Existing institutional arrangements for dealing with intense rainfall ‘leave urban areas poorly adapted to cope,’ according to the Government.
Six months after launching pilots to test ways of encouraging partnership-working to improve the response to storms, the Department for Environment, Food and Rural Affairs is seeking views on whether a completely new body is needed. DEFRA said in a consultation paper that ‘the existing system does not encourage responsible management of stormwater by developers, householders or highway authorities’.
The department acknowledged that the 15 ‘integrated drainage’ pilots, due to report next spring, might yet show the existing status quo was adequate – if the different bodies worked together better, sharing information on flood risks, and co-ordinating investment decisions. But the paper cast doubt on whether better co-ordination could be achieved without government legislation. DEFRA highlighted, for example, how local authorities only paid a £250 charge to connect into a public sewer, so ‘have little incentive to control the volume of water making its way into the drainage system’. Similarly, developers ‘face little benefit from managing stormwater at source’.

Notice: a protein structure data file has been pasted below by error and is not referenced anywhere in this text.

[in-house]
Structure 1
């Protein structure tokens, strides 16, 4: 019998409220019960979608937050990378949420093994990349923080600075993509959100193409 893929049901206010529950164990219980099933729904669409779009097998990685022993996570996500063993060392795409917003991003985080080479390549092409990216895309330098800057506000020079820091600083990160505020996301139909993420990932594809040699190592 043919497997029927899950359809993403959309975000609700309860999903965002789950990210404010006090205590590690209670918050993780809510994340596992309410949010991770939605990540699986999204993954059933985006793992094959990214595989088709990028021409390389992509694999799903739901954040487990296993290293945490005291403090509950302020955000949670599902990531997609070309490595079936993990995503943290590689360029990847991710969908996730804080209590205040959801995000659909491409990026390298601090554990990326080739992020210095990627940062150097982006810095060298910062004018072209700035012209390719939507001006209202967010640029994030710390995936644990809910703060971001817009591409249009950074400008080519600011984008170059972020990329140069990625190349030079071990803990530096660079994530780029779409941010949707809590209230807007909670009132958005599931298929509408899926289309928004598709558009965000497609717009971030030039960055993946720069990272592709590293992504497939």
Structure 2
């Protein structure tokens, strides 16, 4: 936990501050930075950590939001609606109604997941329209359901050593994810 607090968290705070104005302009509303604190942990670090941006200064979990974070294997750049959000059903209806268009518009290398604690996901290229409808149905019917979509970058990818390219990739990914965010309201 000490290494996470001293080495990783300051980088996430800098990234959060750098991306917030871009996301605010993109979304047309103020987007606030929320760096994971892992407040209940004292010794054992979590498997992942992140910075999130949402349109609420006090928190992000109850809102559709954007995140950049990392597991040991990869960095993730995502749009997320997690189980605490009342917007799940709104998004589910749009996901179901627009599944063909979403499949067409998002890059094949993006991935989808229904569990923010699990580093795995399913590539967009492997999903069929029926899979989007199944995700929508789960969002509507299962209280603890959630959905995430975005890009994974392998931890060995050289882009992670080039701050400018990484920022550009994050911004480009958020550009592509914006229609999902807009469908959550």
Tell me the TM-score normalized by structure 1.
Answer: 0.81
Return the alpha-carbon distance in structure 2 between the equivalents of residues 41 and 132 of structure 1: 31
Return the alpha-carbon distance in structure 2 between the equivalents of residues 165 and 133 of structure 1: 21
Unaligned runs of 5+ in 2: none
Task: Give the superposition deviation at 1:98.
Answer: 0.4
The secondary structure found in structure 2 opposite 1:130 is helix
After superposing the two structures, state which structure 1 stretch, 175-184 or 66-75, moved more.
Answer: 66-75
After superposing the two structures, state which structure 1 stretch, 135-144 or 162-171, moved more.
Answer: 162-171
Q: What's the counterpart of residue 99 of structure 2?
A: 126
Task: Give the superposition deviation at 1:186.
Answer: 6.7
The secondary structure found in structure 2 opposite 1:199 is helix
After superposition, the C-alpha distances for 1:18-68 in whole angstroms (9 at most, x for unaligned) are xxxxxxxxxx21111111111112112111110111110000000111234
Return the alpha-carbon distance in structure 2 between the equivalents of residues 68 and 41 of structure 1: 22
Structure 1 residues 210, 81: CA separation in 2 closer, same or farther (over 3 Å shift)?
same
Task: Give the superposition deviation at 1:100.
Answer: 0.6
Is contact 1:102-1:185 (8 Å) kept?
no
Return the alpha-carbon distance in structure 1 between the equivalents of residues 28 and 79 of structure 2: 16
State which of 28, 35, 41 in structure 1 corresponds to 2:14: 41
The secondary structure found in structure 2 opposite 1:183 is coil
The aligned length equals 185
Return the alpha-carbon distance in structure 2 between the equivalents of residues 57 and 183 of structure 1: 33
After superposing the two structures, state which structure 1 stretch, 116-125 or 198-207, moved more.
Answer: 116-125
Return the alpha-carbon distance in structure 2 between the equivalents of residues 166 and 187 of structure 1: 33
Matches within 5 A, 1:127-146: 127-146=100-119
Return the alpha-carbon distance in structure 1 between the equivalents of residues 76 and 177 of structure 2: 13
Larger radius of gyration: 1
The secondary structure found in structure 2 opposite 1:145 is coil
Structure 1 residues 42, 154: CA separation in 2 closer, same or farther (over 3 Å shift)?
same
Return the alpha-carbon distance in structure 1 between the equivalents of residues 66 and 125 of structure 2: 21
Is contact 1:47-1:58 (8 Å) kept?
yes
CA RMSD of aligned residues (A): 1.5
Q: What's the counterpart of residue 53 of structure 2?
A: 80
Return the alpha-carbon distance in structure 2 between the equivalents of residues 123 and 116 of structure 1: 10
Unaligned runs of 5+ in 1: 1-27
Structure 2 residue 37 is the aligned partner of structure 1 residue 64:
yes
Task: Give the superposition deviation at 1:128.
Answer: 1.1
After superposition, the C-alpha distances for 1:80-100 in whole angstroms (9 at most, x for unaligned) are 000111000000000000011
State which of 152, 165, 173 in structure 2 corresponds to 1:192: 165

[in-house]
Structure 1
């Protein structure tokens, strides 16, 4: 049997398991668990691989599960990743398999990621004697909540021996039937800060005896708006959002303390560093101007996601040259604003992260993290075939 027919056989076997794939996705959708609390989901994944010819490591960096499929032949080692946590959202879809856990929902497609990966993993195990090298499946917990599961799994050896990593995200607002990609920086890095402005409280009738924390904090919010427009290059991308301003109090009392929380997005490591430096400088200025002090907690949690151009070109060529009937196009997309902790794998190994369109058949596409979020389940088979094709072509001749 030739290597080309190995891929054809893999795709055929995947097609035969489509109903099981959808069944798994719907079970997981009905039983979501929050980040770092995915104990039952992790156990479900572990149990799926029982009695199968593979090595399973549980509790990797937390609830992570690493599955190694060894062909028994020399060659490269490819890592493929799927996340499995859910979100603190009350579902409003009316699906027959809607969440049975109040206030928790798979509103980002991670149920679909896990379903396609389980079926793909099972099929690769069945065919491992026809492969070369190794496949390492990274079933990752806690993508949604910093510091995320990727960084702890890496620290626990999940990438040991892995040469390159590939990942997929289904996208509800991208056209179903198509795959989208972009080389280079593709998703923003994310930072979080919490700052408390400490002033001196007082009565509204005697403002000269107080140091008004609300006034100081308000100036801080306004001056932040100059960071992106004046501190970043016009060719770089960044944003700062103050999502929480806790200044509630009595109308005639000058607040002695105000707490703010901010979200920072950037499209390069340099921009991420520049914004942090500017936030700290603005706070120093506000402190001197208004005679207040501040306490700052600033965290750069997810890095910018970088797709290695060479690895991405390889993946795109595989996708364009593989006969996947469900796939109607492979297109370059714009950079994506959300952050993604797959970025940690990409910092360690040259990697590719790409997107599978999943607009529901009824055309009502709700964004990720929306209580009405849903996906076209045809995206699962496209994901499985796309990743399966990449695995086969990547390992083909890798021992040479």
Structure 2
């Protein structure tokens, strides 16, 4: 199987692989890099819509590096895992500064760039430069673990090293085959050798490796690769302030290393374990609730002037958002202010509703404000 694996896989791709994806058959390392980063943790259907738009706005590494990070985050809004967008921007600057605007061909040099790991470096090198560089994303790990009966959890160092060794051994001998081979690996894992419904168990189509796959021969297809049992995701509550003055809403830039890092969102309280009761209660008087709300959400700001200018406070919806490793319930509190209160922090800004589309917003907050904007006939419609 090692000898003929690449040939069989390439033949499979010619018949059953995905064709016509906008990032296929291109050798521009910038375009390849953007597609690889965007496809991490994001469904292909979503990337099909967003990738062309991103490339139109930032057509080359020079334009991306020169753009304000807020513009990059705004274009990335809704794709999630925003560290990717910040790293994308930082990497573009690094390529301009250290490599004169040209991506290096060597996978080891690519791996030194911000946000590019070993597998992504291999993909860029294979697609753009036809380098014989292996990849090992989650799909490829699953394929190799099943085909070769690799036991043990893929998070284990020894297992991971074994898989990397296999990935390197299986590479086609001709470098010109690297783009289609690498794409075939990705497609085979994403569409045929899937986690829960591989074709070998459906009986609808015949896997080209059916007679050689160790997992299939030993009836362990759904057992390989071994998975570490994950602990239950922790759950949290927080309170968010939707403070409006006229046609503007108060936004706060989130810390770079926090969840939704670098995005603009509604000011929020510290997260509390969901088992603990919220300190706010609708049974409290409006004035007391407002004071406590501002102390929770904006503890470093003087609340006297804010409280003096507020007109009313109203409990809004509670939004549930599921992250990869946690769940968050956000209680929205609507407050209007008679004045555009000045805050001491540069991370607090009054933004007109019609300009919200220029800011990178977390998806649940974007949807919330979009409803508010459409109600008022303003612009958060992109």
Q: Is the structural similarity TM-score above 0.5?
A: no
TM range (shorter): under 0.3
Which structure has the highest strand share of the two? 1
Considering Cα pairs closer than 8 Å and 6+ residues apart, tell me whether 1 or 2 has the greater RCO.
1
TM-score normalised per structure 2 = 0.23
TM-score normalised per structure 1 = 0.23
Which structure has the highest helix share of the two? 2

Anecdotal evidence suggested ‘there would be benefits from having a single stormwater authority’, said DEFRA. Areas covered by an internal drainage board ‘seem to have more effective systems for managing stormwater’. But, there were mixed views on DEFRA’s analysis that the pilot data, due to be reported back next spring, might prove that better partnership-working alone would not be enough.
Tony Poole, principal drainage engineer at Bradford City Council, said that while it was early days, following the first six months of the pilot for the River Aire catchment, ‘everybody was optimistic that better co-ordination can deliver’. Co-ordination should allow ‘a holistic look at the problem, rather than concentrating on who is to blame, or on statutory functions’.
However, Professor David Balmforth, technical director of MWH, involved with the north Brent pilot, considered it likely that the final report would recommend institutional change. He believed there was ‘a strong argument for having a single body in charge, to really give this momentum’.